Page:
Even with a forecast for modestly stronger growth for the rest of the year, Barclays still sees a looming fiscal cliff negatively hitting the gross domestic product of the United States into 2013.
"The fiscal cliff is worth about $650 billion. It's roughly 4% of GDP, so it's big," Barclays Head of Research Larry Kantor said at a presentation of the firm's latest Global Outlook report, "Don't Fight the Fed," in New York on Tuesday.
Barclays is forecasting that the negotiations for the fiscal cliff, a combination of expirations on current tax cuts and spending cuts, would put approximately $200 billion of the total $650 billion at risk. In that forecast, Barclays expects that the U.S. government will settle to keep the Bush-era tax cuts. Other areas including part of the payroll tax and eventually the Social Security tax will increase, while extended unemployment benefits will be allowed to expire. That projection is just one of many scenarios that might occur, the firm said.
"Judging by the experience of the last couple of years, this can get very messy with a lot of positioning on both sides and can produce a lot of angst in the market," Kantor said. "There [are] almost an infinite number of combinations that could occur."
The most unlikely scenario Barclays foresees would be for both Republicans and Democrats to move towards a massive fiscal policy tightening in an already weak economy. That would almost certainly lead to at least one negative quarter in GDP, Kantor said.
While many cite the upcoming November election as the ticking clock on this issue, Barclays Head of U.S. Equity Portfolio Strategy Barry Knapp said that Thanksgiving is actually the more pressing deadline, with just two weeks after that holiday for lawmakers to get anything done. "In the wake of what's likely to be not particularly robust growth outlook and the markets reacting to that, that they probably would do some sort of extension and then hash it out in the new year," Knapp said. The effect on the markets might be limited if the payroll tax cuts are allowed to expire, according to Knapp, while raising the Bush-era tax cuts could have a much more dramatic effect.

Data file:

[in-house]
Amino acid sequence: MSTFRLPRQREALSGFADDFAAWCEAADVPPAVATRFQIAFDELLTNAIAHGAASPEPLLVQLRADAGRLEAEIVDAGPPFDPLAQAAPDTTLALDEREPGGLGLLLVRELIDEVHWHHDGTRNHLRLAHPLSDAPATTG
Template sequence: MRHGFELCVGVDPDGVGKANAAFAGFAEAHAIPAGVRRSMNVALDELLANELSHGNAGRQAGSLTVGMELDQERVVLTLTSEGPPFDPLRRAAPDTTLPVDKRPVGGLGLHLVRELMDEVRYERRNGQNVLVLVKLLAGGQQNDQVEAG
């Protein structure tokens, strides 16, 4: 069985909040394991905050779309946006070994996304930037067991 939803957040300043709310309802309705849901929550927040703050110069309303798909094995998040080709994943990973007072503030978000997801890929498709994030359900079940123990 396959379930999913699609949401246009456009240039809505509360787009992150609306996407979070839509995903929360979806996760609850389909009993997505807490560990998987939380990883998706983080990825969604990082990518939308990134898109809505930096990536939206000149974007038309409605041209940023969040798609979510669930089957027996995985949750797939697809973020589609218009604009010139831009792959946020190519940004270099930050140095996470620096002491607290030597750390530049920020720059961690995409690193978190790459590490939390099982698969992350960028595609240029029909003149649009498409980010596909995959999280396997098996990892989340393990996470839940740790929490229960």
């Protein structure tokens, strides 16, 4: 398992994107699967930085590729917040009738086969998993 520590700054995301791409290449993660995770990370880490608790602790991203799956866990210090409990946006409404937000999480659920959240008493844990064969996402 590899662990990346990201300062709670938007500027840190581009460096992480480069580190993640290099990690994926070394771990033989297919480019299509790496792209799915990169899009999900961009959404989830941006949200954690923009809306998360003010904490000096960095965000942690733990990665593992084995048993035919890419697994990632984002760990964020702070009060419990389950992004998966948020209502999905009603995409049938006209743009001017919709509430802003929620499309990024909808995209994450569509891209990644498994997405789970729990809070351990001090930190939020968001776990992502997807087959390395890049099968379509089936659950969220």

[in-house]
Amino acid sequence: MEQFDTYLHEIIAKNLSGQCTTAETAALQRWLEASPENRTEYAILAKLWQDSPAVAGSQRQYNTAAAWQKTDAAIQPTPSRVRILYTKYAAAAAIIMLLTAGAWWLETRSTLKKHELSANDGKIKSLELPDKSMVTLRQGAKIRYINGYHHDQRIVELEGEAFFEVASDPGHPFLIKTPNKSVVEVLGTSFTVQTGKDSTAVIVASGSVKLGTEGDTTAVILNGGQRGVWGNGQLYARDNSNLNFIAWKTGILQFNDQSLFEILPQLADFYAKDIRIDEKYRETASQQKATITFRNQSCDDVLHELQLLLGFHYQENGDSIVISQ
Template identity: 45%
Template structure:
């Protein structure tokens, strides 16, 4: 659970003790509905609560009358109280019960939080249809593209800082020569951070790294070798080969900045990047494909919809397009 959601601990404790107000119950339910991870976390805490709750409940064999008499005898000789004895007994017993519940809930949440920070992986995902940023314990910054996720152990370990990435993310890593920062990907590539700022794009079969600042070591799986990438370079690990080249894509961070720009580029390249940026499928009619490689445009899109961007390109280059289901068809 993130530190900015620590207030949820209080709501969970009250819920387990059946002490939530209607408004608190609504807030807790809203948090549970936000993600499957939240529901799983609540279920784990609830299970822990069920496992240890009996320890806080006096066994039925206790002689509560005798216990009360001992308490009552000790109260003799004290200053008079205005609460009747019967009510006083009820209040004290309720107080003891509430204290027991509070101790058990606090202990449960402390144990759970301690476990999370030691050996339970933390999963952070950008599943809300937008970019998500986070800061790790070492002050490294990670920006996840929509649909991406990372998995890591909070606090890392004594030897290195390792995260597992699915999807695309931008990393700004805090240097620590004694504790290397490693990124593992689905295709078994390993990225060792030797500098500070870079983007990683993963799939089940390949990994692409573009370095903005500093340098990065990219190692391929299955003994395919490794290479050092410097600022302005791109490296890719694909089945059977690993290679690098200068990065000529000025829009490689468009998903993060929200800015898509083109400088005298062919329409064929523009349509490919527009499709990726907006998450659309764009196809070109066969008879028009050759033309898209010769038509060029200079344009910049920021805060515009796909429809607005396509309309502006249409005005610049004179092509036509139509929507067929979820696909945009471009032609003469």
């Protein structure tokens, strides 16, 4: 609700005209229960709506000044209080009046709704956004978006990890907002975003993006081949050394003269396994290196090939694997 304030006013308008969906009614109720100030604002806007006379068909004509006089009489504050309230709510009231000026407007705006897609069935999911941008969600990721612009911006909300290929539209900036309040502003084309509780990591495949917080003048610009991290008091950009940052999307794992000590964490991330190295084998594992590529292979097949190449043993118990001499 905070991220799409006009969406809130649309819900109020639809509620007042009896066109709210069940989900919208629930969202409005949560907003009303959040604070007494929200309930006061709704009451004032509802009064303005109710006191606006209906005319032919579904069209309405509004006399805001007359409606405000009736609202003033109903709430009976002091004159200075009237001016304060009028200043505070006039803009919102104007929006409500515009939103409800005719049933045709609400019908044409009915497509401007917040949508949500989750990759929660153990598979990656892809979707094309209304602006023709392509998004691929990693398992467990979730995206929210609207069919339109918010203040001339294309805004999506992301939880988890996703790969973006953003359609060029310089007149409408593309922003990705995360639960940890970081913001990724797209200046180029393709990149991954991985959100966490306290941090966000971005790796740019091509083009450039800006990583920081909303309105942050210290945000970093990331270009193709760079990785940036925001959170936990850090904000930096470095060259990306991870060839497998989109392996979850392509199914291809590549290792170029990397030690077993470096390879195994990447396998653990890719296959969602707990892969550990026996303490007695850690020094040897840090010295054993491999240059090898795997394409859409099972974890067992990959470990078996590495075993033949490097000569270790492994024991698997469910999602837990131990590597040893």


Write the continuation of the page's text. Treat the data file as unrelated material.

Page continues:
Any effect that policy decisions have on the markets will likely depend on what is done and what else is happening at that time, according to Kantor.
"It's not so clear cut about what the market reaction would be to a fiscal tightening, and the reason is everyone knows it's inevitable," Kantor said. "To get some of it out of the way, like the payroll tax cut expiring, you get a one time hit and that's it. I'm not so sure the market would do something. I think it depends on the context of what else is done."
Barclays' report urges investors to consider more risky investments as new moves by the U.S. Federal Reserve and European Central Bank has provided unprecedented support for the markets. That should result in mildly stronger growth for the rest of the year, Barclays predicts.
To take advantage of that growth, Barclays' report said, investors should favor U.S. equities while looking areas of strength in the emerging markets such as Brazil or South Africa, and also consider more exposure to BBB-rated corporates in the U.S., European credit, cyclically sensitive stocks, lower-rated bonds in investment grade and inflation-linked bonds.